The difference between a fan and a fan
There is a fairly well-established stereotype of the Australian cricket fan out there: loud, beer-swilling, male, proudly, passionately patriotic (and did I say loud and beer-swilling?) I want to point to another stereotype of the Australian fan that I carry around in my head: the enthusiastic recreational player come to watch the highest form of the game.
Australia owes part of its cricketing strength at least, to the extensive, well-organised network of recreational cricket that is visible in its summers. And each summer, a large segment of this population turns up at the Test matches and one-day internationals, all keen to see players practice the highest form of the game. Their presence ensures Australian crowds often provide the most knowledgeable spectators at Test cricket. And it reminds us of how the game played in the middle is experienced very differently by those watching in the stands, and how at least one, facile, binary division of cricket fans is possible: those who play and those who don't.
One abiding memory of the Test cricket I watched at Sydney, Melbourne and Adelaide is of the fan who while watching the game, revealed a knowledge of the game that only a player could possess. This knowledge is perhaps best revealed by a quiet patience, with player mistakes in particular, and a quick appreciation of cricketing skill, regardless of the nationality of the player.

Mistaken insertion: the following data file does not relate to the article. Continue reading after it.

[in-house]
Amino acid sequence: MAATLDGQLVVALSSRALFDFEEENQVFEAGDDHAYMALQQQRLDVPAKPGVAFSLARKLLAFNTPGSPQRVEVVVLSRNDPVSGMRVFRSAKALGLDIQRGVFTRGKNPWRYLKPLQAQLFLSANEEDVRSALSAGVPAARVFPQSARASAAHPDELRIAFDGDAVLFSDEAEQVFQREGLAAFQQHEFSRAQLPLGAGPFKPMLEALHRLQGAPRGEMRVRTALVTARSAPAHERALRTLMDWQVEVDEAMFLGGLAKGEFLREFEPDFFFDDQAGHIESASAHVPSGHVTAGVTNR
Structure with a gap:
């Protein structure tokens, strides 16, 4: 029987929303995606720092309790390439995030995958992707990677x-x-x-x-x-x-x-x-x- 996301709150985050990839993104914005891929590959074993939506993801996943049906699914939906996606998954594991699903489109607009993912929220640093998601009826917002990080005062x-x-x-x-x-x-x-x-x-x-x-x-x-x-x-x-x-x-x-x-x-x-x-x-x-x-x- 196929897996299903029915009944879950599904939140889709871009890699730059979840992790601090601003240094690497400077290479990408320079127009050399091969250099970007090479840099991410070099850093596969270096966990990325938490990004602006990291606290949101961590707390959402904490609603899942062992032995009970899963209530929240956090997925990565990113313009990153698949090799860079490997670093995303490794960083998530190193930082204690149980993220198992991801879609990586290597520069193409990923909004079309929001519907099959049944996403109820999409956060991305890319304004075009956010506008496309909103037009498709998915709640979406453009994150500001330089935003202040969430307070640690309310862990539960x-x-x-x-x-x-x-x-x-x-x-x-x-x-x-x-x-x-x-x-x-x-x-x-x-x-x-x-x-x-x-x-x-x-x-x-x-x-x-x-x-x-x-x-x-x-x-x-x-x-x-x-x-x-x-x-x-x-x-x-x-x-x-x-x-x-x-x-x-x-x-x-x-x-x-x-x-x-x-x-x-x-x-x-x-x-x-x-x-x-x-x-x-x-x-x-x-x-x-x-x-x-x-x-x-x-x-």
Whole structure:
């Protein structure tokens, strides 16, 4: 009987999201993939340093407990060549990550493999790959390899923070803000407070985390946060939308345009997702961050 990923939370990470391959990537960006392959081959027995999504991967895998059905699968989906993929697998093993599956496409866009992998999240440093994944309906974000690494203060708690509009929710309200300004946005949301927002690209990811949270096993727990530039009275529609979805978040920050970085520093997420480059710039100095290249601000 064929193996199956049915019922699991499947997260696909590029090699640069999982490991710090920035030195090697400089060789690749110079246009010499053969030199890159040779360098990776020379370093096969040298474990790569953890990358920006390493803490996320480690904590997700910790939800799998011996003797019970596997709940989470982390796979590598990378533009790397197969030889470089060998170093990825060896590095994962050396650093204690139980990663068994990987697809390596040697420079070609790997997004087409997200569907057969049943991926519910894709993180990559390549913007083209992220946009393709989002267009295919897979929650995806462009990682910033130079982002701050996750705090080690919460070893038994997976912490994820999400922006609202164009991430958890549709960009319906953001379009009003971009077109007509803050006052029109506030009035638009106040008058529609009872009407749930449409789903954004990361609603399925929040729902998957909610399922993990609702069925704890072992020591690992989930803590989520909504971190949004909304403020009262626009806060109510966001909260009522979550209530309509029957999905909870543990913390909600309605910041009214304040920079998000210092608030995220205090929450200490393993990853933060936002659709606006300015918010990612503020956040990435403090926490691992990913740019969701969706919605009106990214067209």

This fan will not impatiently call for batsman to get a move on regardless of game situation, and will be tolerant of occasional mishaps, largely because he is aware of the difficulty of playing the game well, and knows that mistakes will happen. This fan will readily applaud a display of cricketing competence, no matter what the player's nationality; a good shot is a good shot, no matter who plays it.
The playing fan also pays particular, thoughtful, attention to the players out in the middle, analysing as best as he can, their bowling skills or the structure of a shot; for him, watching a cricket match affords yet another opportunity for study of a game that obsesses him. The player fan is also more accepting of the misfortunes of the game; the loss of a wicket late in the day is borne with fortitude. This fan has not as yet, swallowed completely, the picture of the game sold to him by its television version; he is able to come to the ground and gain access to the essentials, unobscured by several dozen replays and cued music.
The fan who plays the game realises something the non-playing fan often does not: it's just a game. Some people play it better than others; it's not perfect, and everyone gets it wrong once in a while; it's hard, so when someone does something right, its worth noting.
Most fundamentally, for the fan who plays the game, what happens out in the middle is not pure spectacle or performance (what Mihir Bose termed tamasha), with players to be primarily heckled, applauded or castigated. Instead the doings on the pitch represent striving, first and foremost. It is that striving that the playing fan recognises, in himself, as well as in those flinging themselves about on the field. And it is that recognition that changes his relationship to the game being played and makes him different from other fans.
Samir Chopra lives in Brooklyn and teaches Philosophy at the City University of New York. He tweets here